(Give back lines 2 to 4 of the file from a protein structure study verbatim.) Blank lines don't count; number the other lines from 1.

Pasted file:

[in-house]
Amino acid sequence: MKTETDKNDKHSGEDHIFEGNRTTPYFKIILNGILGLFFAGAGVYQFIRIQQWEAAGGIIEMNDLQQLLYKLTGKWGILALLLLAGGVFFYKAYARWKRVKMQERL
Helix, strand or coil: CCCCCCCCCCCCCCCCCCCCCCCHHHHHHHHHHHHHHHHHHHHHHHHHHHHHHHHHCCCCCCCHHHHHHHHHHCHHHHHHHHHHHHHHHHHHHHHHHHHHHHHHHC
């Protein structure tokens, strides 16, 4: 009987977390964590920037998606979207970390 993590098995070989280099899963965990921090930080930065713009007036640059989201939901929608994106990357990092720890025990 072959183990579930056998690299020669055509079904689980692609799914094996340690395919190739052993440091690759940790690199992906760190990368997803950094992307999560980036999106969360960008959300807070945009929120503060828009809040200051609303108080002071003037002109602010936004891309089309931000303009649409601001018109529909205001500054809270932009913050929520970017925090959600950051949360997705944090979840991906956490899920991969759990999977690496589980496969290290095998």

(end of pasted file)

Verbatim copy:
Amino acid sequence: MKTETDKNDKHSGEDHIFEGNRTTPYFKIILNGILGLFFAGAGVYQFIRIQQWEAAGGIIEMNDLQQLLYKLTGKWGILALLLLAGGVFFYKAYARWKRVKMQERL
Helix, strand or coil: CCCCCCCCCCCCCCCCCCCCCCCHHHHHHHHHHHHHHHHHHHHHHHHHHHHHHHHHCCCCCCCHHHHHHHHHHCHHHHHHHHHHHHHHHHHHHHHHHHHHHHHHHC
């Protein structure tokens, strides 16, 4: 009987977390964590920037998606979207970390 993590098995070989280099899963965990921090930080930065713009007036640059989201939901929608994106990357990092720890025990 072959183990579930056998690299020669055509079904689980692609799914094996340690395919190739052993440091690759940790690199992906760190990368997803950094992307999560980036999106969360960008959300807070945009929120503060828009809040200051609303108080002071003037002109602010936004891309089309931000303009649409601001018109529909205001500054809270932009913050929520970017925090959600950051949360997705944090979840991906956490899920991969759990999977690496589980496969290290095998």